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- Sony Alpha SLT-A55V
- A new spin on the SLR, with a translucent mirror to let light through, so it can shoot and focus at the same time.
Sony SLT-A55 Digital Camera Review$899.99
The SLT-A55 has a 10-position mode dial on the top left of the camera body, which offers the following modes: Auto, Auto+, Program, Aperture Priority, Shutter Priority, Manual, Fast Burst, Panorama, Scene (see below), and No Flash.
The SLT-A55 tries to include the best of both worlds when it comes to focusing, combining the flexibility of the SLR (which has dedicated focus sensors) with the speed of mirrorless cameras (which use the image sensor to focus). The SLT-A55 has a fixed mirror which is translucent: it lets most of the light through to the image sensor, but bounces some up to the 15 dedicated focus sensors in the viewfinder housing. The theory is that this arrangement allows the camera to focus and shoot at the same time, because the camera does not have to focus then wait for the mirror to move out of the way to shoot: the mirror remains in place. This theory is most borne out in practice: the camera focuses quickly, and there is much less delay between pressing the shutter and the camera taking the shot. It also means that the camera can focus and take shots at the same time, which makes the cameras burst mode both faster and more accurate, as the camera can keep focusing while it is shooting.
There are three options for how these 15 AF spots are used: Wide allows the camera to choose, while Spot uses the center group of 7 and Local allows you to choose an individual spot. We found that the SLT-A55 focused quickly in most situations, although it did swim a bit in low light, focusing back and forth to look for the focus point. The center group of focus points are the best ones to use in low light: they are cross-type sensors that work better in low light, and we found that the camera had some issues focusing on off-center objects in low light settings.
The SLT-A55 offers a wide selection of options for image size and compression when you include the panorama modes on offer. There are only three sizes for standard, still photos, though: L, M and S. You do get the choice of two aspect ratios: 3:2 and 16:9.
In addition, there are two options for the JPEG compression (Fine and Standard), plus the ability to capture RAW files and RAW and JPEG files simultaneously. The last two options slow the camera down considerably, though, and use a lot of storage space for images.
The SLT-A55 offers a number of special shooting modes, most of which are useful (such as Auto HDR and Panorama), but the 3D panorama mode feels like a poorly executed gimmick.
Dynamic Range Optimizer (DRO)
In this mode, the camera processes a single captured image to show a wider dynamic range by tweaking the gamma curve of the image processing. Although this can bring out shadow details, it does not widen the dynamic range of the sensor or the captured image. For examples of images shot in this mode, see our sample photos section of this review.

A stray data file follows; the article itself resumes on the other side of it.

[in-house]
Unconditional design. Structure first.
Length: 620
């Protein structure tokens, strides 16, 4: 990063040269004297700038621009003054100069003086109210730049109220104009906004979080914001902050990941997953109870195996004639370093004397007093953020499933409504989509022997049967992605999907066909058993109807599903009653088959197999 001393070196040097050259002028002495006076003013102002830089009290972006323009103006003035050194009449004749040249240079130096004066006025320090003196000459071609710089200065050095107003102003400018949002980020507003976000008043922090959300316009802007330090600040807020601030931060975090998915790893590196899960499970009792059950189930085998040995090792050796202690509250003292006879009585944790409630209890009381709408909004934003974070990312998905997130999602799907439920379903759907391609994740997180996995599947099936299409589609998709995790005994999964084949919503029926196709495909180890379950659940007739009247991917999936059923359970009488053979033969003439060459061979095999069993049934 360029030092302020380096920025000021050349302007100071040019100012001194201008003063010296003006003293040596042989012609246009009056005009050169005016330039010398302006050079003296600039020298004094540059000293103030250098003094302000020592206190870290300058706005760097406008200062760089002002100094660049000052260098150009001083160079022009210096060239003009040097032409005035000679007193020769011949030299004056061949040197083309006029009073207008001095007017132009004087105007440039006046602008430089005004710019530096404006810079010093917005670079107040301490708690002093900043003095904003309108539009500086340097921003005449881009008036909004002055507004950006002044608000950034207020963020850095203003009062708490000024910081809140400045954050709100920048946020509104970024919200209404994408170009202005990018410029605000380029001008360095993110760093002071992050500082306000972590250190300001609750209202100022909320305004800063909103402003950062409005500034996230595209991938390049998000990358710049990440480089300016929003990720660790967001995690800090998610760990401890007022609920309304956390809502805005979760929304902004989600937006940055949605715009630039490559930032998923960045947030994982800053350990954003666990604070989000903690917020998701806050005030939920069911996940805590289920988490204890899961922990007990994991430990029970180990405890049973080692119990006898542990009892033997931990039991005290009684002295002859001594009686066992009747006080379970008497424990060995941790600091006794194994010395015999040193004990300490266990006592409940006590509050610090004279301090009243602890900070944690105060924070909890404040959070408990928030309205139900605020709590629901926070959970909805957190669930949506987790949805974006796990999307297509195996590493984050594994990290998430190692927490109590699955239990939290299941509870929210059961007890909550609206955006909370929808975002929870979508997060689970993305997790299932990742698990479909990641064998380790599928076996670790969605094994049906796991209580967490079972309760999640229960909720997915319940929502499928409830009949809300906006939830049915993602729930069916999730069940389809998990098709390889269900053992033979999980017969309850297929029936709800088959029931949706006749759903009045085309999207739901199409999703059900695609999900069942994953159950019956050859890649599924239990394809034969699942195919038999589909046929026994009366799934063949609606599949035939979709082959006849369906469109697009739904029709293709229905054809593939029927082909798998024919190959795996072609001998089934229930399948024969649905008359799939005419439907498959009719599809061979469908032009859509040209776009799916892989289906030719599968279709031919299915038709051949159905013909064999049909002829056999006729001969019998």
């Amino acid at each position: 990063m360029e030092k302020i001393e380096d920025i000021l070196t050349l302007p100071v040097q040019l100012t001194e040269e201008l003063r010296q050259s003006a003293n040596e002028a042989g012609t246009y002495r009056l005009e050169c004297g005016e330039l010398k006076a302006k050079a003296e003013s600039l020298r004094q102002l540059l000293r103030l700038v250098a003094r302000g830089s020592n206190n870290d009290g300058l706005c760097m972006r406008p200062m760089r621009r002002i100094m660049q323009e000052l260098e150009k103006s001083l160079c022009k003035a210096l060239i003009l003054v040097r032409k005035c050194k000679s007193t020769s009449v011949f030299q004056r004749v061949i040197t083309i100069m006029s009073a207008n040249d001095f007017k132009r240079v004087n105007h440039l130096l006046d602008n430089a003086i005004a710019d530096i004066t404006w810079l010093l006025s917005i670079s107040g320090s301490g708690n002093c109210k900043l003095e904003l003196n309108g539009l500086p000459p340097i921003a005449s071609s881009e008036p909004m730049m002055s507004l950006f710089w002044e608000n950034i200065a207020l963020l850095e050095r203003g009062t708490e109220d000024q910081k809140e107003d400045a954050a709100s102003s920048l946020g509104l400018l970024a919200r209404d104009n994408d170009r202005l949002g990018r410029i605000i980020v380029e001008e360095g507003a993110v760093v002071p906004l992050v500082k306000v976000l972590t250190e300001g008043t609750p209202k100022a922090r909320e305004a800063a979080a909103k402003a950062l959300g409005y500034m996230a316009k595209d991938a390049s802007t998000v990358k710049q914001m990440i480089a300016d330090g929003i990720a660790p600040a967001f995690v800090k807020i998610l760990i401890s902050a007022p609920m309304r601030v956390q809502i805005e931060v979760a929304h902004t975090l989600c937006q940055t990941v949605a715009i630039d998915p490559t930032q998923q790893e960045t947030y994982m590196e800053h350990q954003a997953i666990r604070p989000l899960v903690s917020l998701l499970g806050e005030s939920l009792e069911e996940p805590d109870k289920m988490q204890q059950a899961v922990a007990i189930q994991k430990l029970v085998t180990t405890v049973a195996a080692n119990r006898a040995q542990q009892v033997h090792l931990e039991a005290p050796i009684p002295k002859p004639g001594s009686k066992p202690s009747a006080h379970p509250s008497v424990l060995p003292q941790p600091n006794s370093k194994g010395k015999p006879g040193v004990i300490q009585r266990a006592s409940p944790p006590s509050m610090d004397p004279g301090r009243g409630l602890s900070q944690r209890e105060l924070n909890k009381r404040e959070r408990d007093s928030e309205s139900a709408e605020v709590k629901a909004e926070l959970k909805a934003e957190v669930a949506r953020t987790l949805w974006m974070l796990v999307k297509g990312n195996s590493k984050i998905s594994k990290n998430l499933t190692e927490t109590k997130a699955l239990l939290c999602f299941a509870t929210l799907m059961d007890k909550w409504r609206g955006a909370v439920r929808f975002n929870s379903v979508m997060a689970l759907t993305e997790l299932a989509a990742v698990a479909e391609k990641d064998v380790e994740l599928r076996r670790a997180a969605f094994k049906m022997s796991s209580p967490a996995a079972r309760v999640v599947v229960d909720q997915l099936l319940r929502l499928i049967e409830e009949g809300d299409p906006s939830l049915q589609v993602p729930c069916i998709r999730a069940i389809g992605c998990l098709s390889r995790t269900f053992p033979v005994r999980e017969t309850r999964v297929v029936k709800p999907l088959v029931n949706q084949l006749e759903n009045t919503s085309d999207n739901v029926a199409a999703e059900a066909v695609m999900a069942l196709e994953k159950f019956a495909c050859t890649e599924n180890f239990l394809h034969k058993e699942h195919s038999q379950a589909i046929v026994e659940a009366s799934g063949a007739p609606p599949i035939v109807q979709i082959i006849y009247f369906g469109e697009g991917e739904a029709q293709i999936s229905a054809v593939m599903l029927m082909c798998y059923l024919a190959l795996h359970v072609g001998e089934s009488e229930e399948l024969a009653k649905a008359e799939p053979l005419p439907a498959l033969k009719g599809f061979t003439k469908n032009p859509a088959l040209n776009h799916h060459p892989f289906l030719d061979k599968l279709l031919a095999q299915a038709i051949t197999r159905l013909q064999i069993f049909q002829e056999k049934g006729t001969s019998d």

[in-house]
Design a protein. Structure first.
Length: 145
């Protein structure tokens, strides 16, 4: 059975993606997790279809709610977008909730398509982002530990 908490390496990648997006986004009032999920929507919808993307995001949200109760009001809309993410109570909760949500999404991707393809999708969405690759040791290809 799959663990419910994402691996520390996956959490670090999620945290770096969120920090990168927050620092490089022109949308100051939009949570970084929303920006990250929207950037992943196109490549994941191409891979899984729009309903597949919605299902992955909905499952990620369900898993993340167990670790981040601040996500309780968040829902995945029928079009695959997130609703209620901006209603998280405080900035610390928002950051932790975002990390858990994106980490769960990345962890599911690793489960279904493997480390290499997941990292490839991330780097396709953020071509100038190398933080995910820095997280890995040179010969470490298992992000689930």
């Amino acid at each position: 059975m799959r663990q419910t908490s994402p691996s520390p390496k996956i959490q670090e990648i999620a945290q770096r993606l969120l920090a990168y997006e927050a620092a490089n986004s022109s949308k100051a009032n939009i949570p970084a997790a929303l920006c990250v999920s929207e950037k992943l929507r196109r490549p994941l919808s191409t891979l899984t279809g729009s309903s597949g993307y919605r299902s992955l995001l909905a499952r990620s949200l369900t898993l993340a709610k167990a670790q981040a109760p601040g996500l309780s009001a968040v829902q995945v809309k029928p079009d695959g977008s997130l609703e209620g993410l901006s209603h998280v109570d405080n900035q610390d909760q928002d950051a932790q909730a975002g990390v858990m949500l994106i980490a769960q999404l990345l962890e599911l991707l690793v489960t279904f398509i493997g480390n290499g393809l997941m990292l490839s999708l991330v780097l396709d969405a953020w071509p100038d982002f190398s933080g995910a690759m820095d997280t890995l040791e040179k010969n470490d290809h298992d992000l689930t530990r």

The camera takes 3 images at different exposure settings, then processes them down into one image, producing an image with more dynamic range than any single image the camera can capture. This can be set to auto, or 1, 2, 3, 4, 5, or 6 stop differences between the images. For examples of this mode, see our sample photos section.
Multi-frame noise reduction
In this special ISO setting, the camera takes 3 images and then combines the results, with the theory being that the combined images will have lower noise than one single shot. It also allows for higher ISO settings: up to 25600. In practice, it does seem to make a significant difference, with less noise appearing in images, but it only works with still or slow-moving objects: if anything moves in the frame (or the camera moves), the image becomes blurred. Samples are shown in the Sample Photo section of this review.
This mode has been seen on several of Sonys point and shoot cameras. It works by taking 6 images, then combining the sharpest parts of each into a single image. Again, it works well with static objects, but movement produces blurs.
The SLT-A55 can take panoramic images by taking several images as the camera is panned and then combining them into a single, larger image. This differs from the one-shot panorama that many Sony point and shoot cameras can produce: in this, the camera shoots the panorama as a single image, but the A55 shoots a lot of images and combines them. Options are available for the direction of pan (left, right, up and down), as well as the size (small or wide). Examples can be seen on the Sample Photos page of panoramas shot in this mode.
The SLT-A55 can also shoot 3D panoramas, where the camera tries to create a 3D panorama image by capturing separate images as you pan the camera. The process is awkward: we typically found that it required several attempts to get the shooting process right, with the camera often complaining that we were moving too fast or too slow. The results were not that impressive, either: there were obvious glitches in the images we took where the camera had incorrectly joined the images together, and the 3D look of the images was not consistent. You also need a 3D HDTV to view the images, and there is no way to preview the results on the camera screen. Basically, it feels like a poorly executed gimmick rather than a useful feature.